Berlin Mitte. U-Bahn Station Mitte. The Rotes Rathaus. They are all liars. All of them claim to be the center of Berlin but none of them are. People have always been fascinated with the concept of the Center – be it the spiritual, geographical, or the shopping center (see what I did there?). While every place in Berlin that ascribes itself the pre or suffix “Mitte” is wrong – there is an actual official Geographical Center in Berlin. And it lies in the heart of Kreuzberg. Or Neukölln. Whichever you choose to believe.
Table of Contents
The 3 Centers of Berlin
In theory Berlin has had more than just 1 center. It has 4. But how come? Well that’s relatively easy to explain:
The historical center: The first of Berlins centers is/was marked by the Postmeilensäule – an Obelisk shaped milestone which was established by order of Frederik the 3rd in 1730 as the zero mile point on the route to Potsdam. This marker was used as the mathematical starting point to calculate all distances in Prussia. A reconstructed version can be found at the Dönhoffplatz, in the Leipziger Straße.
The Post Unification Center: After the (re)unification of Germany, Berlin needed to define a new Benchmark (a survey point)- so in 1991 the city picked a wonderful spot on the intersection of the Leipziger Straße and Seydelstraße as its new measuring point to other cities. If you look closely – its just a few meters down the road from the Postmeilensäule.
The Political Center: So despite saying in the first paragraph the Rotes Rathaus is a liar – it is still considered by some as the center of Berlin. Actually, the Flagpole on top of the City Hall is considered as the Nullpunkt – the Zero Point for the Statistischen Landesamtes für amtliche Karten (the statistical regional office for official maps). So what that means is – if you imagine that Berlin is a point on a map (or globe) the coordinates of the flagpole are used as the location of Berlin.
And Finally the Geographical Center: The Flächenschwerpunkt – the geographical center of Berlin (52°30’10″N 13°24’15″E) is situated in Kreuzberg in the Alexandrinenstraße. It was first calculated in 1990, and then again confirmed in 1994. Despite the fact that Berlin is constantly growing (thus moving the center of Berlin) – the district decided to lay down a granite plaque in 1997 commemorating its status of being the center of Berlin. Youll find the plaque on the left corner outside the football field.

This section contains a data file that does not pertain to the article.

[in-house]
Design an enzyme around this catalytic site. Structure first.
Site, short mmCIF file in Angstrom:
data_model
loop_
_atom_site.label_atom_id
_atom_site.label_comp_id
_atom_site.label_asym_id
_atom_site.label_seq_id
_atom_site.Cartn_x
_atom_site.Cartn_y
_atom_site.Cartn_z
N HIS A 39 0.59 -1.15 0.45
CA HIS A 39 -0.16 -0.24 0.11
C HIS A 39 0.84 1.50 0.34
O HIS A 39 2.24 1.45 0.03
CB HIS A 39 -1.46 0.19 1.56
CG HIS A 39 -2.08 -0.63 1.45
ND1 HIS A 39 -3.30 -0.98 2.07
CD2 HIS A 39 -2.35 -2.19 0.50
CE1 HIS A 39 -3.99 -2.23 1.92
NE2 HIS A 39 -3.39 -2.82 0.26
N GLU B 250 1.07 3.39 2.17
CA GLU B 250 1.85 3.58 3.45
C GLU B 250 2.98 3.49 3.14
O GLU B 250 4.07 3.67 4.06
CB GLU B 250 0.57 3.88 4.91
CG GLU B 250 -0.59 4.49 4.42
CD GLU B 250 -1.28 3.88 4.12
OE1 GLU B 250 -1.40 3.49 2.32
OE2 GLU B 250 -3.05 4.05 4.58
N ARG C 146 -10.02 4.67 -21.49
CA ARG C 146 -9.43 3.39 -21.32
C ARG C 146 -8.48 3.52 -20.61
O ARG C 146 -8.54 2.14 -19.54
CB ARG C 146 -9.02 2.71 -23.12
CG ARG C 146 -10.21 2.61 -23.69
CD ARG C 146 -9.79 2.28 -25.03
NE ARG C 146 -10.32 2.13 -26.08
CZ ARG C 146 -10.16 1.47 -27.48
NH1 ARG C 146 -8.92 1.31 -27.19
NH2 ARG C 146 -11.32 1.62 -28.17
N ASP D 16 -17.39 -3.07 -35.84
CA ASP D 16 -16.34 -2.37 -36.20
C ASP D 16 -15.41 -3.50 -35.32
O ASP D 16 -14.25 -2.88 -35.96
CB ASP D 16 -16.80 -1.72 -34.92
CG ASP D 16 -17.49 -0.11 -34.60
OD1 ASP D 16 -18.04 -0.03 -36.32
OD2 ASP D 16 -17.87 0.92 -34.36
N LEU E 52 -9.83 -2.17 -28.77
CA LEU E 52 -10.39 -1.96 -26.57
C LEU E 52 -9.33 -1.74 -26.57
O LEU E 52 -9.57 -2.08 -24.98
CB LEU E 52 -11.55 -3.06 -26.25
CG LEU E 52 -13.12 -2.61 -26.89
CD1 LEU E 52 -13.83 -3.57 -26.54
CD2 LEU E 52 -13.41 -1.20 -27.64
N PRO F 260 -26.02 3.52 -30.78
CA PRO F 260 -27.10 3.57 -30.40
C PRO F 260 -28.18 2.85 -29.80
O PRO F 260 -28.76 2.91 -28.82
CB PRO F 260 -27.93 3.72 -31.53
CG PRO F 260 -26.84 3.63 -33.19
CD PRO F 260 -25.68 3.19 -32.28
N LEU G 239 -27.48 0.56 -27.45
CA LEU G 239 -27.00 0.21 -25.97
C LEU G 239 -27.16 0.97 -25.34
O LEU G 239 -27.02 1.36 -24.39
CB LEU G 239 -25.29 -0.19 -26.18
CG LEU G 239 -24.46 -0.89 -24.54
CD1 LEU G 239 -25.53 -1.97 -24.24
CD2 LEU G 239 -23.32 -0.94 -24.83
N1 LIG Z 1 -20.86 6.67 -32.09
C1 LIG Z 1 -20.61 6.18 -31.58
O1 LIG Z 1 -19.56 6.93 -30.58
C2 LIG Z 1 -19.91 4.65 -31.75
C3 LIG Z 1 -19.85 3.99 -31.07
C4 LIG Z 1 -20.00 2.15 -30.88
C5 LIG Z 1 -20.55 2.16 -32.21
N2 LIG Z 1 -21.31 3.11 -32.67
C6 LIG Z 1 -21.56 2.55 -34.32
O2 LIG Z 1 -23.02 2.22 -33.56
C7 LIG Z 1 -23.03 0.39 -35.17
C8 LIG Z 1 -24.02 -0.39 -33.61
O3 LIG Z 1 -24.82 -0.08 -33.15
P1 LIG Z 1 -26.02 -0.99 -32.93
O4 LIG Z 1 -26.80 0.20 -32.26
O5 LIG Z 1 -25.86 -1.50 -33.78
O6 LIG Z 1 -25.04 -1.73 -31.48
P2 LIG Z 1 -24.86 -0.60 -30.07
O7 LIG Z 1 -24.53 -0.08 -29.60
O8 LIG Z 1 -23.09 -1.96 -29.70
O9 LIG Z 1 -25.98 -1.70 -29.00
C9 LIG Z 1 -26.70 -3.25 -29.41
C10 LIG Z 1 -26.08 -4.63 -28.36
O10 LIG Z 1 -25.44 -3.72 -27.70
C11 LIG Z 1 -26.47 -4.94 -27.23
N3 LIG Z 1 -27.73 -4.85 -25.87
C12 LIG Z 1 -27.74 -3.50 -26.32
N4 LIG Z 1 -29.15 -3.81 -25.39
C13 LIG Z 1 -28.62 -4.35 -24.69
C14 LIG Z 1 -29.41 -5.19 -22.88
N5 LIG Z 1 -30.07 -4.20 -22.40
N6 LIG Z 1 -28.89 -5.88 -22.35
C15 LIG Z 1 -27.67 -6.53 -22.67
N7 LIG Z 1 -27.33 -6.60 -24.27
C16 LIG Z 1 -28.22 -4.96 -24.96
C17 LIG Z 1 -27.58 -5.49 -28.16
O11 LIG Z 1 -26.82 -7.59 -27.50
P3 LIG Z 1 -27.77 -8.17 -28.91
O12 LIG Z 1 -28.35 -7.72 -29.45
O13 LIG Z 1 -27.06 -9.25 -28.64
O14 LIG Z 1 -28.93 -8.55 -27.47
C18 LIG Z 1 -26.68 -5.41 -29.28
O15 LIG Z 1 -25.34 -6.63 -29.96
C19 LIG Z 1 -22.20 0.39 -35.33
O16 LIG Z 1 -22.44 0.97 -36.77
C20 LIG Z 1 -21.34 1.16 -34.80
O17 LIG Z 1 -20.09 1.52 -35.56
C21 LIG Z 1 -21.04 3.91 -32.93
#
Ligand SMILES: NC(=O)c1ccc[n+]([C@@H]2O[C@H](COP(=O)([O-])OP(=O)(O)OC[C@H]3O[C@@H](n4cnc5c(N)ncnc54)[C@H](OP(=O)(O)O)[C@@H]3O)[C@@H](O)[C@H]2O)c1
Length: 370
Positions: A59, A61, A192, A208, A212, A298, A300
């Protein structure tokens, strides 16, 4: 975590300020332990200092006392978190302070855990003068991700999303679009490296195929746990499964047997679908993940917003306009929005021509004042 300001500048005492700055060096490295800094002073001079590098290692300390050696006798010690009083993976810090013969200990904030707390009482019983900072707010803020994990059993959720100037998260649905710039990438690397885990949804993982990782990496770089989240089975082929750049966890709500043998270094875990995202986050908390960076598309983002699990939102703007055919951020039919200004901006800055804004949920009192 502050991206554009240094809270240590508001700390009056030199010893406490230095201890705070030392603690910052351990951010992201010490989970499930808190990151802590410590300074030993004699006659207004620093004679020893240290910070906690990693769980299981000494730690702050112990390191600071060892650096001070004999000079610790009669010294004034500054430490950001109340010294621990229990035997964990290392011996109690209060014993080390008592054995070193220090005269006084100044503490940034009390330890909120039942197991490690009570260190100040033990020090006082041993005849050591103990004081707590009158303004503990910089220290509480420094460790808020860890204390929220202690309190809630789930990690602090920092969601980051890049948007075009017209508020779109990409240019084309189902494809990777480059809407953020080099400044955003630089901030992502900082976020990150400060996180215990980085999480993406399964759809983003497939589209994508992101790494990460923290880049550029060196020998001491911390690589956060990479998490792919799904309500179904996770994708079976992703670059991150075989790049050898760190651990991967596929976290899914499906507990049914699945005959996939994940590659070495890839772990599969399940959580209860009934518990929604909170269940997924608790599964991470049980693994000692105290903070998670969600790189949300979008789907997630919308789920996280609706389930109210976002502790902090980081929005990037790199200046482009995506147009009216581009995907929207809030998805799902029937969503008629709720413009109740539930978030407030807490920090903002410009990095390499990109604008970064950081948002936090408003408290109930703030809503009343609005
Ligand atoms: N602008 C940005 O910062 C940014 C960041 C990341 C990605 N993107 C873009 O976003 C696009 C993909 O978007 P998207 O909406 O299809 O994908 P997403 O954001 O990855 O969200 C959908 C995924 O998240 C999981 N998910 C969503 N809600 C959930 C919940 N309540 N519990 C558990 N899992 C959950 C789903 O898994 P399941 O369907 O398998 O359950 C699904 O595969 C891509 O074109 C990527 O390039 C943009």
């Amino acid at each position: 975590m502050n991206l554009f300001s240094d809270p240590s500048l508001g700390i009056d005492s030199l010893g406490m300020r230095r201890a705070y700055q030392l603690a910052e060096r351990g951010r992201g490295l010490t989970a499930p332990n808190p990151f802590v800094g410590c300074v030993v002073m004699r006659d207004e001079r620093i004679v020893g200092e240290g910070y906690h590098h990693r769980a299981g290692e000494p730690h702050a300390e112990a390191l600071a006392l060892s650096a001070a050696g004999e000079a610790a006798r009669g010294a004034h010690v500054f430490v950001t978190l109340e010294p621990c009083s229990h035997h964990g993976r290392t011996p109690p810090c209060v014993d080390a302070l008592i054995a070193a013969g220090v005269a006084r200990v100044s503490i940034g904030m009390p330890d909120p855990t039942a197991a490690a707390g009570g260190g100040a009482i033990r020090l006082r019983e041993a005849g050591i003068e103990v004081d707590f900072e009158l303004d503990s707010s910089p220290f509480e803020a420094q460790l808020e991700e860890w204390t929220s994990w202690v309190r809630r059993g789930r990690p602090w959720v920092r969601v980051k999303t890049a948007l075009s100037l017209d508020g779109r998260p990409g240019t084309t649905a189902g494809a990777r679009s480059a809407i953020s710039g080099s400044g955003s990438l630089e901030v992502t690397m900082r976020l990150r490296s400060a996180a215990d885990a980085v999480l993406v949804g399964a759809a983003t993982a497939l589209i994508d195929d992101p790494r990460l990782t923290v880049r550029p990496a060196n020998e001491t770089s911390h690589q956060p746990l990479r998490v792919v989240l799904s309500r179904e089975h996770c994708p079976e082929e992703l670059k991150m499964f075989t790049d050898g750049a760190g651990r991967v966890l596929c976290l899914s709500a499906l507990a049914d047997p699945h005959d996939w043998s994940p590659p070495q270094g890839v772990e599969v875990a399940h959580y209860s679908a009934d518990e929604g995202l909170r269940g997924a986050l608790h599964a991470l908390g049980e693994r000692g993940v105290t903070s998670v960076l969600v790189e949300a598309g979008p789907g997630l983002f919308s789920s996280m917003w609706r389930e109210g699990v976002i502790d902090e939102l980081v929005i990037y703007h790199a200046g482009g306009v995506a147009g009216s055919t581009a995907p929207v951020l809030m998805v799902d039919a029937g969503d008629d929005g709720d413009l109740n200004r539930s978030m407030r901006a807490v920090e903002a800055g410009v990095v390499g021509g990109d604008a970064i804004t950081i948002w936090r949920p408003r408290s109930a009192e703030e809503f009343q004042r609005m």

Or so they thought.
The Contender: Arnold Zenkert, a geographer and the retired head of the Potsdam Planetarium used the 4 point method in 2010 (computing the largest distance between the most norther and southern point, eastern and western point and then halving them) and calculated that the new geographical center of Berlin lies in Neukölln, right in front of the house on the Spremberger Straße 4. (52° 29′ 38” 13° 25′ 26”)
The Geographical Center of Berlin (Der Mittelpunkt von Berlin)
So while both the historical center and the post unification center were of mild interest (I shall ignore the Political center for now) – they weren’t really what we were looking for. The Geographical center in Kreuzberg had a plaque – and anything that has a plaque is official. So we loaded the geolocation points onto my phone and cycled through the back streets of Berlin in search of this magical location.
After we reached the rough location, we were somewhat stumped as all that we could find was a school, small parks and residential buildings. No Plaque, marker or sign to be found. We circled around the block hoping that it might be found on the other side of the buildings, but to no avail. By off chance we decided to cross through the cycle path next to the school and there we found it. The Center of Berlin.